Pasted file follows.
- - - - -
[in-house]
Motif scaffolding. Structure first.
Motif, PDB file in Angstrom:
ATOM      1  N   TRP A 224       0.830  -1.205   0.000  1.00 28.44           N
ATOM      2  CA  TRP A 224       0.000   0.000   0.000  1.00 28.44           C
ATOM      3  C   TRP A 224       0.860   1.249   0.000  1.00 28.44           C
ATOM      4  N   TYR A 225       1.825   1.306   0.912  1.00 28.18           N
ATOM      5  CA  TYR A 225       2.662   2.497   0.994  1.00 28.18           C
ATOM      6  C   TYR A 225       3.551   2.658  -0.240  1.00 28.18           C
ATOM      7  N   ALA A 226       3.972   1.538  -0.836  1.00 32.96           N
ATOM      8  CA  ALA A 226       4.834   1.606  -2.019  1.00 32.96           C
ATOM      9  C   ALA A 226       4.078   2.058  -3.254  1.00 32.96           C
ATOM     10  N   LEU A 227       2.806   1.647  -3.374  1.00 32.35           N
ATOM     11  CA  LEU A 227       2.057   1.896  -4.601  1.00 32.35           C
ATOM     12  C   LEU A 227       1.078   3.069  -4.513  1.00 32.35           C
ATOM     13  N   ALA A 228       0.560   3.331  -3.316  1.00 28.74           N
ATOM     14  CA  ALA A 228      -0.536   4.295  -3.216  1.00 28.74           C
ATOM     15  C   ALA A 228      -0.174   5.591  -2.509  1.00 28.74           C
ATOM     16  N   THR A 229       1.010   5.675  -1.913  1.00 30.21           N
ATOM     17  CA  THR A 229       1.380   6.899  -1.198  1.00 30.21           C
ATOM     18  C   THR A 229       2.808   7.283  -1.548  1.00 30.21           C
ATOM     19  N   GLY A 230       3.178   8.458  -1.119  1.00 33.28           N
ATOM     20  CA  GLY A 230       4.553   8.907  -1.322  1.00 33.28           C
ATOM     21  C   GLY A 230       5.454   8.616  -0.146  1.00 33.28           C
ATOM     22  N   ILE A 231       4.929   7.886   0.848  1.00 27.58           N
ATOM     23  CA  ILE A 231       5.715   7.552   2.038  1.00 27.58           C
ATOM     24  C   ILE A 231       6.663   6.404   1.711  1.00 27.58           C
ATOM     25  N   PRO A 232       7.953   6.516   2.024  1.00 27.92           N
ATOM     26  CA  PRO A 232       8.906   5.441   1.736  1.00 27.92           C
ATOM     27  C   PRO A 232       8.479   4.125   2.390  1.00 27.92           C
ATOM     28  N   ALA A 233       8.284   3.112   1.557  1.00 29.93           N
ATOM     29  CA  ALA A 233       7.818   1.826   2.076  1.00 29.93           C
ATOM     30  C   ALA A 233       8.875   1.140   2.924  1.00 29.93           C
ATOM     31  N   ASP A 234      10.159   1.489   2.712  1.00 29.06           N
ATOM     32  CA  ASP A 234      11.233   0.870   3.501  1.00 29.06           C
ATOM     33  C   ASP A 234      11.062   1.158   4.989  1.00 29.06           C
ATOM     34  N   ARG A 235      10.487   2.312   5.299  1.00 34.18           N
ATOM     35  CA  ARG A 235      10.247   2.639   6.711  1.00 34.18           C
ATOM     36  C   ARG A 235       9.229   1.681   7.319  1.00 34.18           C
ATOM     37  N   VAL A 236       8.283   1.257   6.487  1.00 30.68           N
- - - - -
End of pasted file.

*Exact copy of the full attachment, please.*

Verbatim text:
[in-house]
Motif scaffolding. Structure first.
Motif, PDB file in Angstrom:
ATOM      1  N   TRP A 224       0.830  -1.205   0.000  1.00 28.44           N
ATOM      2  CA  TRP A 224       0.000   0.000   0.000  1.00 28.44           C
ATOM      3  C   TRP A 224       0.860   1.249   0.000  1.00 28.44           C
ATOM      4  N   TYR A 225       1.825   1.306   0.912  1.00 28.18           N
ATOM      5  CA  TYR A 225       2.662   2.497   0.994  1.00 28.18           C
ATOM      6  C   TYR A 225       3.551   2.658  -0.240  1.00 28.18           C
ATOM      7  N   ALA A 226       3.972   1.538  -0.836  1.00 32.96           N
ATOM      8  CA  ALA A 226       4.834   1.606  -2.019  1.00 32.96           C
ATOM      9  C   ALA A 226       4.078   2.058  -3.254  1.00 32.96           C
ATOM     10  N   LEU A 227       2.806   1.647  -3.374  1.00 32.35           N
ATOM     11  CA  LEU A 227       2.057   1.896  -4.601  1.00 32.35           C
ATOM     12  C   LEU A 227       1.078   3.069  -4.513  1.00 32.35           C
ATOM     13  N   ALA A 228       0.560   3.331  -3.316  1.00 28.74           N
ATOM     14  CA  ALA A 228      -0.536   4.295  -3.216  1.00 28.74           C
ATOM     15  C   ALA A 228      -0.174   5.591  -2.509  1.00 28.74           C
ATOM     16  N   THR A 229       1.010   5.675  -1.913  1.00 30.21           N
ATOM     17  CA  THR A 229       1.380   6.899  -1.198  1.00 30.21           C
ATOM     18  C   THR A 229       2.808   7.283  -1.548  1.00 30.21           C
ATOM     19  N   GLY A 230       3.178   8.458  -1.119  1.00 33.28           N
ATOM     20  CA  GLY A 230       4.553   8.907  -1.322  1.00 33.28           C
ATOM     21  C   GLY A 230       5.454   8.616  -0.146  1.00 33.28           C
ATOM     22  N   ILE A 231       4.929   7.886   0.848  1.00 27.58           N
ATOM     23  CA  ILE A 231       5.715   7.552   2.038  1.00 27.58           C
ATOM     24  C   ILE A 231       6.663   6.404   1.711  1.00 27.58           C
ATOM     25  N   PRO A 232       7.953   6.516   2.024  1.00 27.92           N
ATOM     26  CA  PRO A 232       8.906   5.441   1.736  1.00 27.92           C
ATOM     27  C   PRO A 232       8.479   4.125   2.390  1.00 27.92           C
ATOM     28  N   ALA A 233       8.284   3.112   1.557  1.00 29.93           N
ATOM     29  CA  ALA A 233       7.818   1.826   2.076  1.00 29.93           C
ATOM     30  C   ALA A 233       8.875   1.140   2.924  1.00 29.93           C
ATOM     31  N   ASP A 234      10.159   1.489   2.712  1.00 29.06           N
ATOM     32  CA  ASP A 234      11.233   0.870   3.501  1.00 29.06           C
ATOM     33  C   ASP A 234      11.062   1.158   4.989  1.00 29.06           C
ATOM     34  N   ARG A 235      10.487   2.312   5.299  1.00 34.18           N
ATOM     35  CA  ARG A 235      10.247   2.639   6.711  1.00 34.18           C
ATOM     36  C   ARG A 235       9.229   1.681   7.319  1.00 34.18           C
ATOM     37  N   VAL A 236       8.283   1.257   6.487  1.00 30.68           N